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September 09, 1993 - Image 46

Resource type:
The Michigan Daily, 1993-09-09

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Page 2-The Michigan Daily/New Student Edition-City-Thursday, September 9,1993
Situation remains poor for Ann Arbor's homeless
Population is increasing as Ann Arbor's liberal reputation attracts hoards ofijobless citizens

by Barb McKelvey
Daily Staff Reporter
Paul Lambert spoke slowly but ea-
gely. He is short and overweight, with
little hair and an almost-beard that peg
him as a shopping-mall Santa. Lambert
carried an overstuffed bag filled with
and a few books.
"I was one of the lucky ones," he
Three years ago, Lambert lived in a
dangerous section of Detroit. He was
often awakenedto fire alarms announc-
ing that his neighbor's house was burn-
ing' in Lambert's neighborhood, ar-
son was a past time.
1Iwasliving withan alcoholic and I
justgotsickofit-she was beating me
up and taking my money," Lambert
said. "So I called a friend up, and he
offeredtobring me money and foodifI
neededit.Instead,Iendedupmoving in
with him in Ann Arbor."
Paul is now active in the Homeless
Action Committee, a group that helps
theunfortunate through political means.
He finally gothis own place in Janu-
ary, after he obtained a Section Eight
Voucher. This document allows him to
pay one-third of his income for rent
while the government makes up the
difference. Lambert said the process of
obtaining the certificate took a long
time because there are few vouchers,
and he was "dumped off' the waiting
list several times.
While Lambert now lives in the
pleasant, government-funded Avalon
Housing, many are not so fortunate.
Depending on how "homelessness" is
defined, there are between 250,000 and
3,000,000homelesspeople in the United
States. In Ann Arbor, there are about
1,500 - a large homeless population
fora town its size.
The Huron Shelter's Paula Baldoni
gave some reasons for the high number
of homeless residents in the commu-
nity. "Ann Arbor is the county seat. It is

mately 25 people are on the staff, with
volunteers from the University and city
There are 50 beds in the shelter, and
a capacity to accomodate 80 people.
Usually, 35 to 50 people-mostlymen
- stay each night.
The Ozone House aids homeless or
displaced youth ages 12tol19 in emer-
gency situations. Training and volun-
teer coordinator Laura Brown said that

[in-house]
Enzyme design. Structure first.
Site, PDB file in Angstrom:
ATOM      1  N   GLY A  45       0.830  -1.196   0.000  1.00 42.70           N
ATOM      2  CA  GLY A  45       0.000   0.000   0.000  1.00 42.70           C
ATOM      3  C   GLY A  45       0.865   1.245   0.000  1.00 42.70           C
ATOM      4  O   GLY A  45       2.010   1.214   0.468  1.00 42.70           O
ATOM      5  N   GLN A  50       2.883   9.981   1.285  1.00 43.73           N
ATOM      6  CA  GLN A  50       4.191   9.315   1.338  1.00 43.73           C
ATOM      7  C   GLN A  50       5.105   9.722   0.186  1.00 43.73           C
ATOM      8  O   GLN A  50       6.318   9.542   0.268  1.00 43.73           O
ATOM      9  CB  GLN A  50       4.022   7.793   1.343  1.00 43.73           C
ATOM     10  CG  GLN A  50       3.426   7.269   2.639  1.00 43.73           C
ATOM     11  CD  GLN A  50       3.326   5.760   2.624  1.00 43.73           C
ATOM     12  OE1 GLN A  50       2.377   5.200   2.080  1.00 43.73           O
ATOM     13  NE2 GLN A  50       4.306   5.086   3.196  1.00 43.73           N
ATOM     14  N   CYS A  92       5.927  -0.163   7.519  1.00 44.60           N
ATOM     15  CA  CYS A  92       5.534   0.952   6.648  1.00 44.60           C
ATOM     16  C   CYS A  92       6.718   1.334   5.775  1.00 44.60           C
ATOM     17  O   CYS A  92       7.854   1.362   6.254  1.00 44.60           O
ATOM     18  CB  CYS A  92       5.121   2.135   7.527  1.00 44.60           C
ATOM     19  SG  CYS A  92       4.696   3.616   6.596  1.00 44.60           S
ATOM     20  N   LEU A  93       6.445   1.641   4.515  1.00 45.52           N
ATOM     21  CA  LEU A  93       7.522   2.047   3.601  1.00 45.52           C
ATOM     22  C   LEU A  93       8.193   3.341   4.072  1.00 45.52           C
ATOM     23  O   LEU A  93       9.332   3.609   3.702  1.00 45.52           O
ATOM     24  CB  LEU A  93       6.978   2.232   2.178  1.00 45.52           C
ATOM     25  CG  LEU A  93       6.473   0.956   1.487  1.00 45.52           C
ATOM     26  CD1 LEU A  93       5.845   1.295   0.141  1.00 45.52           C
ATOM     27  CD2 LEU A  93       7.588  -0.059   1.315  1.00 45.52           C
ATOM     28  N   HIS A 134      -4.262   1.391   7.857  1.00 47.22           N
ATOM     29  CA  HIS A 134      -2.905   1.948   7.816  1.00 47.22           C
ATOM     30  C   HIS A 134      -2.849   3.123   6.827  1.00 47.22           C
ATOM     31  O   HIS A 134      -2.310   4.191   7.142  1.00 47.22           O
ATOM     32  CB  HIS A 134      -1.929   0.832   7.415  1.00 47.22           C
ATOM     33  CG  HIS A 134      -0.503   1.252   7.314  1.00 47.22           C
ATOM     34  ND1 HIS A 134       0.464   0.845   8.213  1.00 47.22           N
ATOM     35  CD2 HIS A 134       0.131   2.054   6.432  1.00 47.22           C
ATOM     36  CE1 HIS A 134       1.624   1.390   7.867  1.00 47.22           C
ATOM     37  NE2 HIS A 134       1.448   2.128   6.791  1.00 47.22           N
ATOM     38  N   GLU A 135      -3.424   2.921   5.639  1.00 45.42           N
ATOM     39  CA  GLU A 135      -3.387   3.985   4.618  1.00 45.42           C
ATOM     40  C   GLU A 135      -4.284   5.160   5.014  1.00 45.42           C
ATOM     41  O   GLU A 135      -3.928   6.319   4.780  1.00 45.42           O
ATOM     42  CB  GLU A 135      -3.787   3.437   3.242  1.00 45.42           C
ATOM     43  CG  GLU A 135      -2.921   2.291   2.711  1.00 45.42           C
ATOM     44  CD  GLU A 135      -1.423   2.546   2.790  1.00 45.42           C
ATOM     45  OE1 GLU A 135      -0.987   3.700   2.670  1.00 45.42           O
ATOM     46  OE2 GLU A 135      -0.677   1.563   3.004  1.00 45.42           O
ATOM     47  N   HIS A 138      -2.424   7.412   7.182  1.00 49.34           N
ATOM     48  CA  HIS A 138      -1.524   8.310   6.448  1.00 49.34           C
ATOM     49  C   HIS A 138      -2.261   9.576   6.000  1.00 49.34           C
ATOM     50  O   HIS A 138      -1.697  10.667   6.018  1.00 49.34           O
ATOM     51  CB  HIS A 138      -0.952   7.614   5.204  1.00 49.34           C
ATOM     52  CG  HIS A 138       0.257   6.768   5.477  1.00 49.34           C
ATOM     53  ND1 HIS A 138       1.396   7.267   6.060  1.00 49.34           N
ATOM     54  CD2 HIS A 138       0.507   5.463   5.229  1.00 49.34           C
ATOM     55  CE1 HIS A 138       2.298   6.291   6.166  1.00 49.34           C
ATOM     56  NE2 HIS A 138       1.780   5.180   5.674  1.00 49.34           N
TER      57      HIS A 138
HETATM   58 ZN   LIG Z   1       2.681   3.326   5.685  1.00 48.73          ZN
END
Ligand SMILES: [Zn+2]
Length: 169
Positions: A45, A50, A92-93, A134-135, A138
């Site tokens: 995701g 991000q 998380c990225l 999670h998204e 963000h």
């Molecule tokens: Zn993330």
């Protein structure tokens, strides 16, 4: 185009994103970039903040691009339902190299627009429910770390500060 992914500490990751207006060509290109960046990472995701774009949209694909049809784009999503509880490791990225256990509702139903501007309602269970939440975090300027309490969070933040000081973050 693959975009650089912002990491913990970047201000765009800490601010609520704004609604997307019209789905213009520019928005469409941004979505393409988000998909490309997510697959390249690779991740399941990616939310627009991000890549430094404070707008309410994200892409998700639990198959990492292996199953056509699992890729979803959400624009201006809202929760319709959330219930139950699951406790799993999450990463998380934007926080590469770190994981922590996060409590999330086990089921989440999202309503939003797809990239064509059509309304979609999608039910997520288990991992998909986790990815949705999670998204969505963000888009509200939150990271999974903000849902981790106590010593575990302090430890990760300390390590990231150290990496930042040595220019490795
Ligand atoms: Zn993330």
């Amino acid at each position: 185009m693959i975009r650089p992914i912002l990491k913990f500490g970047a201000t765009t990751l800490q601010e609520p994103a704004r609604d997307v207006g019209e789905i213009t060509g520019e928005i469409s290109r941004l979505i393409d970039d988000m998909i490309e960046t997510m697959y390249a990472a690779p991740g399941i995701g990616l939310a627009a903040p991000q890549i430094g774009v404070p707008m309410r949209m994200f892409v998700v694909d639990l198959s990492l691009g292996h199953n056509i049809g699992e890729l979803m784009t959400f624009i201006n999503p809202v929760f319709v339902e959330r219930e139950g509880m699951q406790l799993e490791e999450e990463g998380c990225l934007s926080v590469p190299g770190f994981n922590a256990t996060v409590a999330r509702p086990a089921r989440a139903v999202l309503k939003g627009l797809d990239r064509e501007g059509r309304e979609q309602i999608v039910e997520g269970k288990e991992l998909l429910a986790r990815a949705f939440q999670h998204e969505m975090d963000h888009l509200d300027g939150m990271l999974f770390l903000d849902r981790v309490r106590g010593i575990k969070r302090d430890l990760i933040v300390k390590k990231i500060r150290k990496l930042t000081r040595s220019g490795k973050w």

many of the teenagers are"throwaways,"
who move from relative to relative.
Some know they must be out of their
parents' house by the time they are 18,
so they leave earlier.
While at Ozone, the younger chil-
dren learn assertive communication,.
while the older teens are taught inde-
pendent living skills. The centeraids in
family reconciliation if possible. When
necessary, it refers teenagers and fami-
lies to other agencies.
Attempts at finding residences for
Ann Arbor's homeless have also been
made, with some success. Along with
Avalon House, there is also the Division
Street House for mentally ill homeless
"I love living in Avalon Housing,"
Lambert said. "I can come and go as I
please, and it's clean and quiet. There is
privacy here, and that's important."
While many organizations point out
successes like Lambert's, most also
concur that a more far-reaching solu-
tion must be reached.
Sergeant Jinkerson proposed a ser-
vice plan, in which homeless would do
service work that would make the town
nicer and make them feel more valu-
able. He also noted that spending alittle,
now on homeless projects would save a
lot later.
It is clear to Apple that prevention in
the formof low-rent housing and govem-
ment housing as well as provisions for the
ill and addicted would go a long way.
"As long as there are homeless,",
said Baladi, "it's never enough."


Richy, a homeless man, tries to escape the February cold of Ann Arbor by lying on an exhaust vent next to the Dental School. EVANPETRIE/Daity

seen as a kind of Mecca and is consid-
ered to have jobs," Baldoni said. "A lot
come here looking for employment and
get stuck."
Lambert cited the high quality of
living here and pointed to the many
facilities in the University town that are
available to anyone. [[AC'sMike Klein
said that Ann Arbor's reputation as a
liberal, progressive city may also be a
cause for the large homeless popula-

The mostagreed upon reason forthe
large number of Ann Arbor homeless is
the most simple - a lack of affordable
housing. The studentpopulation, as well
as the professional community, serve to
drive up housing prices.
Nationwide and locally, the number
of homeless has been growing for the
past 10 to 15 years, partially due to the
mentally ill being deinstitutionalized.

Largely because of this, the homeless
cause a disproportionate number of inci-
dents for their number. "I'd say we get
about five, six, seven calls a day that
concern them," Ann Arbor police Ser-
geant Harry Jinkerson said. These are
mostly due to trespassing, public drinking
or loitering.
"It's not illegal to be homeless,"
Michigan Student Assembly (MSA)
representative Michael Apple said.

Apple is part of the Housing Law Re-
form Project, an MSA committee. "But
many of the things you have to do when
you are homeless are illegal...the total
effect of laws make it illegal to act as a
homeless person."
In response to Ann Arbor's high
demand, several organizations have
been established to help. The Huron
Shelter, set up in 1982, has both a day
program and a night shelter. Approxi-


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